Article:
We stopped at lunch for what most of us consider our favorite meal of the trip...a small country restaurant called “Pura Vida.”  The meal had been pre-arranged, and two women had cooked it in the morning over a wood stove, and served it in enameled metal plates, in an open-air thatched dining area.  Lots of beans and rice with stewed meat, plantains with cinnamon, and fresh raspberry juice to wash it down, followed by home-made cake and coffee. “Pura Vida”, an all-purpose expression which conveys enthusiasm, satisfaction, and enjoyment  in Costa Rica, was appropriate.


We continued on to Monteverde Private Reserve, traveling for hours up a dirt road into the mountains.  Some of the steepest land is used for cattle grazing, and narrow cow paths criss-crossed the hillside.  Bill wondered out loud how they kept from falling, and rolling out of control into the valley.  Of course our giddy group just jumped on this Gary Larsen scenario.  When the bus driver, who did not speak English, asked what the commotion was, Sean tried to explain in his own type of polyglot language, that we were amused by vacas tombe’ing down the mountain.  It just didn’t translate well.


In Monteverde, we stayed at a stable--El Establo--converted into a rustic mountain inn.  At night the wind howled through the trees, and the temperature dropped.  Gustavo took a group of us up to the top of the mountain to try to catch sight of the active Arenal Volcano.  We took our little bus for part of the way and then were shuttled in four-wheel drive vehicles.  The first group of five of us sat on a log in complete and utter darkness, enveloped in mist and light rain, as the driver went back for the others.  When Katie offered to take a picture, we faced her voice.  The flash was so startling in that darkness, that we will probably look like four raccoons caught in the pantry.


On Monday, we hiked around the newer area of Monteverde--the Children’s Preserve.  Gustavo knew the area well, and pointed out sights for the entire walk. Fast-moving clouds created interludes in an essentially sunny day.  Arenal rumbled in the distance, sending tremors through the earth.  Toward the end of the day, most of the group walked ahead while Bernardo walked with Gustavo at the rear.  It was then that they saw an unforgettable sight--the Resplendent Quetzal, symbol of Monteverde. a magnificent large green, red and gold bird. (Bernardo has it on video, and will be screening Quetzal flicks at the April Social at his house.)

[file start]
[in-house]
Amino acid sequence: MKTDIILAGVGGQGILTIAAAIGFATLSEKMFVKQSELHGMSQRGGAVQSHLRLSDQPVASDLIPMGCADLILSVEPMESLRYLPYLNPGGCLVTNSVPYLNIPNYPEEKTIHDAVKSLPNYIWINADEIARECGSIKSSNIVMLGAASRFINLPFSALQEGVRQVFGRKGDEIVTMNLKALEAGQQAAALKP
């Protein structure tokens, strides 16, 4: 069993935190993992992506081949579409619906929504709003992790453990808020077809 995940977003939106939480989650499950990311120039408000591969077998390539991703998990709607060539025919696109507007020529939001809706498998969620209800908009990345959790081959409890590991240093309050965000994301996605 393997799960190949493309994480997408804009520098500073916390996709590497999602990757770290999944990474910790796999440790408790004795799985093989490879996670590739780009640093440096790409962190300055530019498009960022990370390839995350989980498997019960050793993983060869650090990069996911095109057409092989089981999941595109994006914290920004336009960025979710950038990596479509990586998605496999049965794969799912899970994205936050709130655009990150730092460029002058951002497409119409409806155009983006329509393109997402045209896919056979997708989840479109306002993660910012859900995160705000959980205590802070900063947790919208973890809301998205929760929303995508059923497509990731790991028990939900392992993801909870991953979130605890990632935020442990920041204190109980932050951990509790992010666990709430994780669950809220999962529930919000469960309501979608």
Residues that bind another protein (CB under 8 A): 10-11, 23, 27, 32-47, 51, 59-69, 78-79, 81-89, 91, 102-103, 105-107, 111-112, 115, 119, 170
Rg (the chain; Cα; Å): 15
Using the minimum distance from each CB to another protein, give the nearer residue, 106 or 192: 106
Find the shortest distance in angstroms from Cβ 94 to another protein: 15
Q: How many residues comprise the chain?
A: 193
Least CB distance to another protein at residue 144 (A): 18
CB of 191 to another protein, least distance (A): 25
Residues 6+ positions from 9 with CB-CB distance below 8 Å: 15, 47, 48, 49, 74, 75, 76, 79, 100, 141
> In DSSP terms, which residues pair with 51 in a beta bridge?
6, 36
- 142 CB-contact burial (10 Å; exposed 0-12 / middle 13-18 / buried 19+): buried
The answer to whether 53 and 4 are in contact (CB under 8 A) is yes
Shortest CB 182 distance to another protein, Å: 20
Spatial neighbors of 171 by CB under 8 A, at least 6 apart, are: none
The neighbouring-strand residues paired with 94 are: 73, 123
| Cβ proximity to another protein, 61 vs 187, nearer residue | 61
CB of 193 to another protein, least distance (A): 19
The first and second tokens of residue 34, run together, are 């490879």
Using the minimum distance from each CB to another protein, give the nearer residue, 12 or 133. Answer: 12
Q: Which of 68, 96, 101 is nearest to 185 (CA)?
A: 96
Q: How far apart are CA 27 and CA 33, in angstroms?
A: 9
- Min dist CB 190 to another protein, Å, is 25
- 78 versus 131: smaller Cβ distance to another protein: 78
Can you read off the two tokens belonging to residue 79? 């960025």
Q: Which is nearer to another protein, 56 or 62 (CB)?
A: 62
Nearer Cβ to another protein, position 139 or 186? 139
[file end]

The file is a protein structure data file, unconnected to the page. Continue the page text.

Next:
In the late afternoon, the more macho part of the group went horseback riding, and the rest of us visited the Hummingbird Gallery--a feeding station which attracts dozens of wild hummingbirds at a time.  These birds are amazingly fast and colorful--like little speedy Christmas tree ornaments.  We also visited the native crafts store and a wonderful old fashioned bakery, and sampled locally-grown Monteverde coffee.


On Tuesday, we drove back down the mountain and stopped at the Carara Biological Reserve.  From the cool mountains, it was a remarkable change to a hot, dry climate.  It was so hot, in fact, that Gustavo decided that the wildlife would be better later in the day.  We packed up and went to the beach!


We lunched in a pleasant restaurant nestled in a valley, beside a running stream, with live toucans in the rafters.  Gustavo then stopped for cocktails at a most impressive and elegant antique-filled hotel.  The Villa Caletas is perched on the edge of the cliffs overlooking Jaco beach, and has a 360 degree view of the ocean, beaches and the mountains.


We returned to Carara in the late afternoon, looking for monkeys and macaws.  We spotted lots of white-faced monkeys playing in the tree canopy hundreds of feet above, but no macaws.  When we had almost given up, we heard the shrill squawk of a macaw and spotted him in a tree to the left of the path.  Even for non-birdwatchers, it was exciting seeing the startling green bird and brilliant red breast.  These birds are so large that their wingspan can be six feet, and this one had to be that big.  We then saw two more macaws fly into the sunset.


The drive back to San Jose in the dark seemed too short.  We were content, and comfortable with each other and life in general.  It didn’t hurt that Gustavo had stopped off and bought us a bottle of Guaro (national booze) which we were passing around. 


Most of the participants had made arrangements to extend for a few days, but we parted ways in San Jose the next day.  Bernardo and Katie went on for diving in Panama.  Bill, Dennis, Alan and Greg drove down to the gay beach in Manuel Antonio.


Gustavo (AKA: Gus-Gus, Bam-Bam, Vito) suggests that next year that we visit the northern Pacific Coast, and spend a few days camping and horseback riding near the Rincon de la Vieja volcano.  (He may be the first Great Outdoors member in Costa Rica.)  Any takers?